In the days since Pope Benedict XVI responded to a question by a French journalist on HIV/AIDS the media in most cases have been very critical of his comments. Support for Pope Benedict has come from many different places and from people in many walks of life including science. The Washington Times published a very interesting editorial on the topic. To place the issue in context I have first included the text of the exchange between the French Journalist and Pope Benedict and added a link to the Washington Times article.
En Route to Cameroon a French journalist asked Pope Benedict: "Holy Father among the many evils that affect Africa there is also the particular problem of the spread of AIDS. The position of the Catholic Church for fighting this evil is frequently considered unrealistic and ineffective.
Pope Benedict replied "I would say the opposite,” and he continued,
"It is my belief that the most effective presence on the front in the battle against HIV/AIDS is precisely the Catholic Church and her institutions. I think of the Community of Sant' Egidio, which does so much, visibly and invisibly to fight AIDS, of the Camillians, of all the nuns that are at the service of the sick.
"I would say that this problem of AIDS cannot be overcome with advertising slogans. If the soul is lacking, if Africans do not help one another, the scourge cannot be resolved by distributing condoms; quite the contrary, we risk worsening the problem. The solution can only come through a twofold commitment: firstly, the humanization of sexuality, in other words a spiritual and human renewal bringing a new way of behaving towards one another; and secondly, true friendship, above all with those who are suffering, a readiness - even through personal sacrifice - to be present with those who suffer. And these are the factors that help and bring visible progress.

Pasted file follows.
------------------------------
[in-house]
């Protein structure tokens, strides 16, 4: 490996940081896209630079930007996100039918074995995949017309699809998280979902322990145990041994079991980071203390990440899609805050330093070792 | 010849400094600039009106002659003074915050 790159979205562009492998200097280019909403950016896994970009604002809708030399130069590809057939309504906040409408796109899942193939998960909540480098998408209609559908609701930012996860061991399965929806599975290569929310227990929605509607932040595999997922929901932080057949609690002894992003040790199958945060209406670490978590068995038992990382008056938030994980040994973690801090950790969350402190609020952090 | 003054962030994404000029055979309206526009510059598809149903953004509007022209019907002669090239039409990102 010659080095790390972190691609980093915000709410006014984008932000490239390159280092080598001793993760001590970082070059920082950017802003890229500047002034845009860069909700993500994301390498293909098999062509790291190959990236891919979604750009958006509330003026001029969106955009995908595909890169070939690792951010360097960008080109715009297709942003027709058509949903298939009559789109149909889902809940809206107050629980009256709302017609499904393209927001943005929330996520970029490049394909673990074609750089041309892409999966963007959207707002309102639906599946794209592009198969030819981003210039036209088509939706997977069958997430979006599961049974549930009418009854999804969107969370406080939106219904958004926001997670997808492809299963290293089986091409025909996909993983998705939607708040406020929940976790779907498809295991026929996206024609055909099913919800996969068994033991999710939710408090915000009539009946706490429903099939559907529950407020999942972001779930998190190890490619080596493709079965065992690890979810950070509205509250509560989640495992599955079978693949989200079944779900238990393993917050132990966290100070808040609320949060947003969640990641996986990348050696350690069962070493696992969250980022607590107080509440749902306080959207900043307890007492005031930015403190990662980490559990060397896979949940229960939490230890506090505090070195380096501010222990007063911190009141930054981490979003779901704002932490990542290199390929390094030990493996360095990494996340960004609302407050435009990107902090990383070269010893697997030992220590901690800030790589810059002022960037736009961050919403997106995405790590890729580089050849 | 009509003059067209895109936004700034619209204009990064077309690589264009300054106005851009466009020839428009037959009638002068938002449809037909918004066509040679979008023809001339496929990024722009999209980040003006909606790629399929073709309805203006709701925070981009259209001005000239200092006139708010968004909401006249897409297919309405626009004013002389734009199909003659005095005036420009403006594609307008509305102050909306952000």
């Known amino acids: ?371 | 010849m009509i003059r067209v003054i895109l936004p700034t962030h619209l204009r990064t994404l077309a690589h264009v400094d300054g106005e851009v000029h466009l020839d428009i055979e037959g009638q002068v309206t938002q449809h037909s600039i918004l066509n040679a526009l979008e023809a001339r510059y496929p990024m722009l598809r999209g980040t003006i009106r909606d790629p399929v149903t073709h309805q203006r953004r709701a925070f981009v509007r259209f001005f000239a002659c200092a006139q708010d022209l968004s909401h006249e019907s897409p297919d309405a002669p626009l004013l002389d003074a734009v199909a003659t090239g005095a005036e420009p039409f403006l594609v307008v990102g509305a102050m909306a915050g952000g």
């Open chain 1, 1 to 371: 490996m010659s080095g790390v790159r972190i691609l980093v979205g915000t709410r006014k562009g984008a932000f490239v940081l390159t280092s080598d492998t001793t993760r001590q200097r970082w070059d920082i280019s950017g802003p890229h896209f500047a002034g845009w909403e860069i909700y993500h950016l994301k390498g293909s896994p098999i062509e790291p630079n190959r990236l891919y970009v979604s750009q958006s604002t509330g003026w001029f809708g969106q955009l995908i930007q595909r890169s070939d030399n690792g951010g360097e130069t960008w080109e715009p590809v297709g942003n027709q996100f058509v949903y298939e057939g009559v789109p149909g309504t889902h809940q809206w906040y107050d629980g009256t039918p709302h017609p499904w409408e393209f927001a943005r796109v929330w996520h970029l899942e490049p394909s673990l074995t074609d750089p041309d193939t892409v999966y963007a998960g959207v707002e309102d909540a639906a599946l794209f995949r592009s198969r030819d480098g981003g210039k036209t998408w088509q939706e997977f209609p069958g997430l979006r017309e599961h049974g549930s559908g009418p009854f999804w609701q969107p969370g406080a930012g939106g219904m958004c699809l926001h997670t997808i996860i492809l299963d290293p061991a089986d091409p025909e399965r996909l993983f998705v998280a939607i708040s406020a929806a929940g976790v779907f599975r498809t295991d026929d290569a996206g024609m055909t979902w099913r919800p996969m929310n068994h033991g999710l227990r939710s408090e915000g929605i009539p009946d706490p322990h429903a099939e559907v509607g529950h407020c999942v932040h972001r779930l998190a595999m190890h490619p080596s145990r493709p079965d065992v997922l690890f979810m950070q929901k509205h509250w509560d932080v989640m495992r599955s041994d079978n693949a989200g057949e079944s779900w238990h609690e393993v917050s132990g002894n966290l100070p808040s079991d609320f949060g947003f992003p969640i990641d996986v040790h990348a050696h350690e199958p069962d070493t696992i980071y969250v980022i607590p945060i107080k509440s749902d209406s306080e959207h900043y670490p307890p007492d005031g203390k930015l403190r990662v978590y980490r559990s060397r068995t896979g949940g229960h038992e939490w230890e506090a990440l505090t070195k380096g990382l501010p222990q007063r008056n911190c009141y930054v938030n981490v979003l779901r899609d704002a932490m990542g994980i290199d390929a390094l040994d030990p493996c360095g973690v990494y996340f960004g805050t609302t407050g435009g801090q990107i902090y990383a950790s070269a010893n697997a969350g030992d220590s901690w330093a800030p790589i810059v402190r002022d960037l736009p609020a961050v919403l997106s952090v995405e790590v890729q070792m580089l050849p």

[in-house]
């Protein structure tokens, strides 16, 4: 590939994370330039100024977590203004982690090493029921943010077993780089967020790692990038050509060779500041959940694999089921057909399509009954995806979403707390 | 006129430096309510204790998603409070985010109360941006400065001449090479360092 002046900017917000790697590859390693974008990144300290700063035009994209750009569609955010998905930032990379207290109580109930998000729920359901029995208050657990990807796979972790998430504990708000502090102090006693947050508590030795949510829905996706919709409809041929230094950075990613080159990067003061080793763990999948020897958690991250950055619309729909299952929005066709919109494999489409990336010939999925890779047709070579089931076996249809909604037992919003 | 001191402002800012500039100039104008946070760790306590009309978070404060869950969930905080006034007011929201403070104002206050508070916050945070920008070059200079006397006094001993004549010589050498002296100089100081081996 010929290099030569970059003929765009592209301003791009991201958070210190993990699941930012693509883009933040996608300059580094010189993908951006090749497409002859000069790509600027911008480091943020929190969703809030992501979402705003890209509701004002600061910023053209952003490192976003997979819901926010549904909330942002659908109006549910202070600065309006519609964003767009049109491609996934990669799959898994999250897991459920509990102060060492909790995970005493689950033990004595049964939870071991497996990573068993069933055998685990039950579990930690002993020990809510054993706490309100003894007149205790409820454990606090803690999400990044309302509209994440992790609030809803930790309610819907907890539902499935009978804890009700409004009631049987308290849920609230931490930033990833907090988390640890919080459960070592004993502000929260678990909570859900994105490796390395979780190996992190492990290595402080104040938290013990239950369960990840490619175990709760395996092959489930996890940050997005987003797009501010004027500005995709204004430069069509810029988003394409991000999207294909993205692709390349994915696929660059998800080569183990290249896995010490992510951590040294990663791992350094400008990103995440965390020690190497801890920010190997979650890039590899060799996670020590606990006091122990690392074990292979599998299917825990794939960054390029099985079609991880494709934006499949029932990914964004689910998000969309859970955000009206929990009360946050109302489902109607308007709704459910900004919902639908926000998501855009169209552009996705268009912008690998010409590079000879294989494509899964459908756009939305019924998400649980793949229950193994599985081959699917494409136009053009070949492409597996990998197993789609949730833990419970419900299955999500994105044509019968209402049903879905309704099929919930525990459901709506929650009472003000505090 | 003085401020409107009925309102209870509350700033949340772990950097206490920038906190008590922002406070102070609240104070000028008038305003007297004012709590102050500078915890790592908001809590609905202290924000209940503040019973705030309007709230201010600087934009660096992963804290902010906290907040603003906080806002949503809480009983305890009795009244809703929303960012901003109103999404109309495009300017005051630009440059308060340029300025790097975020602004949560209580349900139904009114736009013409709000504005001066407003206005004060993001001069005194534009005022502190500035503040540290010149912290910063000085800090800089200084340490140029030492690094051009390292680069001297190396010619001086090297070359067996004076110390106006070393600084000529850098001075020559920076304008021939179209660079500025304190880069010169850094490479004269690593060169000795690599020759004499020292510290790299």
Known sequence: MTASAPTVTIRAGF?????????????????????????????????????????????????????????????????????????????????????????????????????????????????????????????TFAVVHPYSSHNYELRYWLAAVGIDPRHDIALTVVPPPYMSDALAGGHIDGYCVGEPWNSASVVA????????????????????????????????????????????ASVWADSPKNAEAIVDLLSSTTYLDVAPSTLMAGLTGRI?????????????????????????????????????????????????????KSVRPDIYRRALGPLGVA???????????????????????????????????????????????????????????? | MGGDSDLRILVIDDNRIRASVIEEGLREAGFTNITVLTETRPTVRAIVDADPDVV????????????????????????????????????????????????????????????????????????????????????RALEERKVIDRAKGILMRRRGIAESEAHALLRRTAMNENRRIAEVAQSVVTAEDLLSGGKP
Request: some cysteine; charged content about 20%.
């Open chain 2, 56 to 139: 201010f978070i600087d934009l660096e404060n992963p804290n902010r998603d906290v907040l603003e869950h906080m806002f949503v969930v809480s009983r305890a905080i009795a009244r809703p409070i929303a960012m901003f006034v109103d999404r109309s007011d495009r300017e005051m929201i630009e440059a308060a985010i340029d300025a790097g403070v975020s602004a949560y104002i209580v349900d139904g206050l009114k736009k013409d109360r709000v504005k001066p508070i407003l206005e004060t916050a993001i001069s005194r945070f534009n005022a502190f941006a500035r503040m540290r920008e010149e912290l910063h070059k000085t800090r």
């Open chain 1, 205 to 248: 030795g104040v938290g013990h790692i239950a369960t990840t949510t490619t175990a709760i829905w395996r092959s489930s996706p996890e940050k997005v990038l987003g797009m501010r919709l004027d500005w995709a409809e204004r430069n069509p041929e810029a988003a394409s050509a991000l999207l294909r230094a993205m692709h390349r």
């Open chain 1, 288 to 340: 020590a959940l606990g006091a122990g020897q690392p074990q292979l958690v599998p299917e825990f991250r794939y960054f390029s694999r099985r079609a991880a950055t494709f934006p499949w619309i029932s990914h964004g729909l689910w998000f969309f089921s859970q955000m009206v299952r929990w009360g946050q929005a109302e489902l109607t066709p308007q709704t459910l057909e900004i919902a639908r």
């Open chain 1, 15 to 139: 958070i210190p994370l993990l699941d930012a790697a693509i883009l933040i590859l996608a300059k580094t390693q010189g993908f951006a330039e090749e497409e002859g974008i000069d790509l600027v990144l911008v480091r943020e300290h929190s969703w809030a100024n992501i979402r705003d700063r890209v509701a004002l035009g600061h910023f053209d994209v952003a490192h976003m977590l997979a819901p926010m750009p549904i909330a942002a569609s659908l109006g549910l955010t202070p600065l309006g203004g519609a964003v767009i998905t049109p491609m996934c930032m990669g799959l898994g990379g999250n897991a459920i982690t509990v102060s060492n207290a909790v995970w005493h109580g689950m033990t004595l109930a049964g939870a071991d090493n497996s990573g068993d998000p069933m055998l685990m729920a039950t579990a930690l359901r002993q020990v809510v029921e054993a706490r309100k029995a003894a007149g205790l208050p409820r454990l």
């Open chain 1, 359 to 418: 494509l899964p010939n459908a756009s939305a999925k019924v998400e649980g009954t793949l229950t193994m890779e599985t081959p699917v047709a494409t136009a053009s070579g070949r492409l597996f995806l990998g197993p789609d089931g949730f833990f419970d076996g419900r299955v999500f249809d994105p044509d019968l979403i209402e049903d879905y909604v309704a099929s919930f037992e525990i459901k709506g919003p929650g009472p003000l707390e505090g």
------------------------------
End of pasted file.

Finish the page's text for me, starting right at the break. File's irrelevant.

"Therefore, I would say that our double effort is to renew the human person internally, to give spiritual and human strength to a way of behaving that is just towards our own body and the other person's body; and this capacity of suffering with those who suffer, to remain present in trying situations.
"I believe that this is the first response [to AIDS] and that this is what the Church does, and thus, she offers a great and important contribution. And we are grateful to those that do this."
Link to Washington Times article